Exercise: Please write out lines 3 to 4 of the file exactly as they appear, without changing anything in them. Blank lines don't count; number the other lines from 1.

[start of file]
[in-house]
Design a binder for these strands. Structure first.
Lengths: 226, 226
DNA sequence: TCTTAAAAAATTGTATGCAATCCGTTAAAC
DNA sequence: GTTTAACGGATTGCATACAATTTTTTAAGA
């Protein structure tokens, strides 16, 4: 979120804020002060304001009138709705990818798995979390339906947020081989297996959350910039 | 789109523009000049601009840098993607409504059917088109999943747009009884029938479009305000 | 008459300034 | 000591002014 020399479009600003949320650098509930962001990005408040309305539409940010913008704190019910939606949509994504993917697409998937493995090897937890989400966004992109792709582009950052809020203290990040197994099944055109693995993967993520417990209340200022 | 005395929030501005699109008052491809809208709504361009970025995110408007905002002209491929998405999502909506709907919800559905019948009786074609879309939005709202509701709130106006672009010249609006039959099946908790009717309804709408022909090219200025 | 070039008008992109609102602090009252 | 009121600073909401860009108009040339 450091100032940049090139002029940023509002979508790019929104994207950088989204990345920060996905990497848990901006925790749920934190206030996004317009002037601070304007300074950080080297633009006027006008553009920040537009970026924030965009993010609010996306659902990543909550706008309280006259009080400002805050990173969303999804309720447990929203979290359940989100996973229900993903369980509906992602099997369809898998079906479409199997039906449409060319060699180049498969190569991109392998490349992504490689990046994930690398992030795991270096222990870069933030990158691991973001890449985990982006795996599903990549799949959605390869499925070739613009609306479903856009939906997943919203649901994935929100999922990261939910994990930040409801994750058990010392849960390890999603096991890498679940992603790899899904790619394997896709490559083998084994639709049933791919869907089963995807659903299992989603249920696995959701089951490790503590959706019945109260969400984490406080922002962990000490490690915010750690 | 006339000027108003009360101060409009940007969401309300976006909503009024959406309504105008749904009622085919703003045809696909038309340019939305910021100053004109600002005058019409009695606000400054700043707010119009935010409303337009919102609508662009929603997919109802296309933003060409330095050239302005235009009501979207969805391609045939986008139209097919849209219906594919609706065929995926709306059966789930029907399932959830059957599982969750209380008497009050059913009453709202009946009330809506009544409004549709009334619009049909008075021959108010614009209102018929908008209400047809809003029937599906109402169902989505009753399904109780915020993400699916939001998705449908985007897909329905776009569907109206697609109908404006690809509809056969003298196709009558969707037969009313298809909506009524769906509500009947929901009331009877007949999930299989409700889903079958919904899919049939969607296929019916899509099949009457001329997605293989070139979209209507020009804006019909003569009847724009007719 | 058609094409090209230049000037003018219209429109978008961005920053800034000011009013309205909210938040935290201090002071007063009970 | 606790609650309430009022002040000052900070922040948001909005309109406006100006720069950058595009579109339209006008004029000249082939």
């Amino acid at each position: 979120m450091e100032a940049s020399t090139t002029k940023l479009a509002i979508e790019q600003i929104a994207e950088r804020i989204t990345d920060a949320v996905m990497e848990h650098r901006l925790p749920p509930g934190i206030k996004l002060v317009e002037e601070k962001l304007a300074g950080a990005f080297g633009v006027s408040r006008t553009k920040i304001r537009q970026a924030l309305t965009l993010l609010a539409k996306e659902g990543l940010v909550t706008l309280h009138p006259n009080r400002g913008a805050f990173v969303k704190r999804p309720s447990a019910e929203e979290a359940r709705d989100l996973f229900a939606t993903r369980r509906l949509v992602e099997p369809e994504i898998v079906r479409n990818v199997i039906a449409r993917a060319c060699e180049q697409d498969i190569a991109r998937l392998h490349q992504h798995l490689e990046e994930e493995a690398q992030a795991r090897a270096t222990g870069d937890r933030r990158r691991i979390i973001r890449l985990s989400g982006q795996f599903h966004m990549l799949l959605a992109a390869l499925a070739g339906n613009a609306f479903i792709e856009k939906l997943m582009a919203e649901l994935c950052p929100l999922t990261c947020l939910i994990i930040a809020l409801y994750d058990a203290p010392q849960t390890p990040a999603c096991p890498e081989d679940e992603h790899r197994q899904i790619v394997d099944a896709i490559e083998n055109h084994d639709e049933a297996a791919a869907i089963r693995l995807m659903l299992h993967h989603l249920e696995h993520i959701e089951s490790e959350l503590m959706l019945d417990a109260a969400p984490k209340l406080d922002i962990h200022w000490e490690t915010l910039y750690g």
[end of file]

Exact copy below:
Lengths: 226, 226
DNA sequence: TCTTAAAAAATTGTATGCAATCCGTTAAAC